*Mathematical Models*, by Cundy and Rollett. It had instructions on how to build various mathematical objects, such as stellated polyhedra. I liked the book so much I actually bought my own copy, new, for £2.95, which was a lot of money back then!

I made a few of the simpler models, but never got much further than the dodecahedron. I certainly never got as far as making any of the fiddly stellated ones.

So today, when I came across a posting in Google+ about Anselm Levskaya's website polyHédronisme, I was taken right back to those days. Playing with this interactive web-based systems is

*much*easier than fiddling with card, glue, and scissors, though. Type in a few commands, and a zoomable, rotatable polyhedron appears!

I've spent my afternoon playing around on this site, and reading up on Conway polyhedron notation that is used to define shapes, and now I can say I have at last "made" some of these polyhedra.

The

**small stellated dodecahedron**is made by raising a pentagonal-based pyramid on every face of a regular dodecahedron. If the pentagons making up the dodecahedron have side length \(1\), then the height of each pyramid should be* \[ \frac{\sqrt{4\sqrt{5}-1}}{2} \approx 1.41\] The Conway notation command in polyHédronisme that achieves this is \(k(5,1.41)D\), which means: start with a dodecahedron \(D\), then raise a pyramid of height \(1.41\) on each \(5\)-sided face.

The

**great dodecahedron**is made by making a pyramidal dimple in every face of a regular icosahedron. If the triangles making up the icosahedron have side length \(1\), then the depth of each pyramid should be* \[ \sqrt{\frac{1}{2}- \frac{\sqrt{5}}{6}} \approx 0.36\] The Conway notation command in polyHédronisme that achieves this is \(k(3,-0.36)I\), which means: start with an icosahedron \(I\), then indent a pyramid of height \(0.36\) on each \(3\)-sided face.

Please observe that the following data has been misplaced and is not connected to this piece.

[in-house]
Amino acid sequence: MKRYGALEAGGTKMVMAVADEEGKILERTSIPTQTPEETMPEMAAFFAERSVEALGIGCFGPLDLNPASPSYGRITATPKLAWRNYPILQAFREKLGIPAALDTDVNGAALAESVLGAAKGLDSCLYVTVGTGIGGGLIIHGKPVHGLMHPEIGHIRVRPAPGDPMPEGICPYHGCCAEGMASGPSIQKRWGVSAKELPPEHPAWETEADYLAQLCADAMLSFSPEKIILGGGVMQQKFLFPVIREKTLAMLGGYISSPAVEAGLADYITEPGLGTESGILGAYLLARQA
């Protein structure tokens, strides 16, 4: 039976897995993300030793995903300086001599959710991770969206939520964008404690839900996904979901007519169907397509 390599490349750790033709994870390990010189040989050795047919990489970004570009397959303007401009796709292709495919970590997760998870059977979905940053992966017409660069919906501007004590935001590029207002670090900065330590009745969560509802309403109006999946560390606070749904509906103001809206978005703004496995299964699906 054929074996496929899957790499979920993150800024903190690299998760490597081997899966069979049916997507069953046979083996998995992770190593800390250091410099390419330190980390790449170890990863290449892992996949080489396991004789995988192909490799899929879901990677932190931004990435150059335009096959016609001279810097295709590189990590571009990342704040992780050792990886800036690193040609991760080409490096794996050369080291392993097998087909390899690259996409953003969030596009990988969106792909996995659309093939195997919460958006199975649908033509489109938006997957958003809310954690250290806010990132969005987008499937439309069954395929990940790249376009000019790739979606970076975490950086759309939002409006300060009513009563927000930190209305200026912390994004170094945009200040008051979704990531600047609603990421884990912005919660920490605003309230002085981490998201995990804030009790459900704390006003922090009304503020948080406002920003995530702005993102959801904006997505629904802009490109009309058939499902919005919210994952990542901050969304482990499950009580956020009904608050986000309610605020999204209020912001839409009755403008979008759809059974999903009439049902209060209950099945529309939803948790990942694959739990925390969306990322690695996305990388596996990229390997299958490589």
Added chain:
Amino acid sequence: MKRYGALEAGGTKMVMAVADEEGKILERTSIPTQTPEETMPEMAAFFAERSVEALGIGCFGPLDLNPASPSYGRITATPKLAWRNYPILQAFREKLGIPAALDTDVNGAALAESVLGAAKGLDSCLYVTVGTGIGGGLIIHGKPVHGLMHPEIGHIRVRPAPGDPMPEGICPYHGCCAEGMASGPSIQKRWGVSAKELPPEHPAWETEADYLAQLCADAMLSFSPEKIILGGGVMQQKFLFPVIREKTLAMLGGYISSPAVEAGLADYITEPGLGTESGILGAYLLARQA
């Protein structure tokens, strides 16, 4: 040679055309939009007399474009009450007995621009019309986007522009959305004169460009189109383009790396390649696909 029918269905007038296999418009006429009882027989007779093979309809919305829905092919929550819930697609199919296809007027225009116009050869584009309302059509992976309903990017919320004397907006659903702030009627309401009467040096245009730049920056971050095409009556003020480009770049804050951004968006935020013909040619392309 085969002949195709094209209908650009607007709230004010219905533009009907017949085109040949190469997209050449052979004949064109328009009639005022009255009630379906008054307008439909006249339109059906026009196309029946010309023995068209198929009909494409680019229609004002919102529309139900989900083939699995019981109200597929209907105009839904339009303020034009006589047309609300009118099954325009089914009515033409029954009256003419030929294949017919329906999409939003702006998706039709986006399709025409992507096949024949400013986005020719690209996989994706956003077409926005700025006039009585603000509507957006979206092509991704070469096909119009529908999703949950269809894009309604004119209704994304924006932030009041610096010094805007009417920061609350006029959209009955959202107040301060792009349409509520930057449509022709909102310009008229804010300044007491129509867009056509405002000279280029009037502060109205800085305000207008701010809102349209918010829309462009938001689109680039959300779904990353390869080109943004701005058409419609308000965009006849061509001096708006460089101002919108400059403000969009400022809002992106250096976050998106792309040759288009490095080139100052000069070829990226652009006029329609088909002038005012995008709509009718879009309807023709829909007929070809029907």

The

**great stellated dodecahedron**is made by raising a pyramid on every face of a regular icosahedron. If the triangles making up the icosahedron have side length \(1\), then the height of each pyramid should be* \[ \sqrt{\frac{7+3\sqrt{5}}{6}} \approx1.51\] The Conway notation command in polyHédronisme that achieves this is \(k(3,1.51)I\), which means: start with an icosahedron \(I\), then raise a pyramid of height \(1.51\) on each \(3\)-sided face.

So much for standard polyhedra. But polyHédronisme doesn't stop there. I had great fun playing about with the notation language, producing weird and wonderful forms:

(i) \(k(20,1)bk(3,2)I\) (ii) \(k(12,1)k(10,2)bk(5,1)D\) (iii) \(k(20,-0.3)k(6,0.3)bk(3,-0.3)I\) (iv) \(k(24,-0.5)k(6,0.2)k(20,-1)bk(3,-0.1)k(5,1)D\) |

The results of play can only really be appreciated on the site itself, rotating the polyhedra, and getting a real feel for their shapes, with all their dips and bumps. A marvellous site.

* The book

*Polyhedron Models*has helpful stellation diagrams that allow these heights to be calculated, with a little trigonometry.

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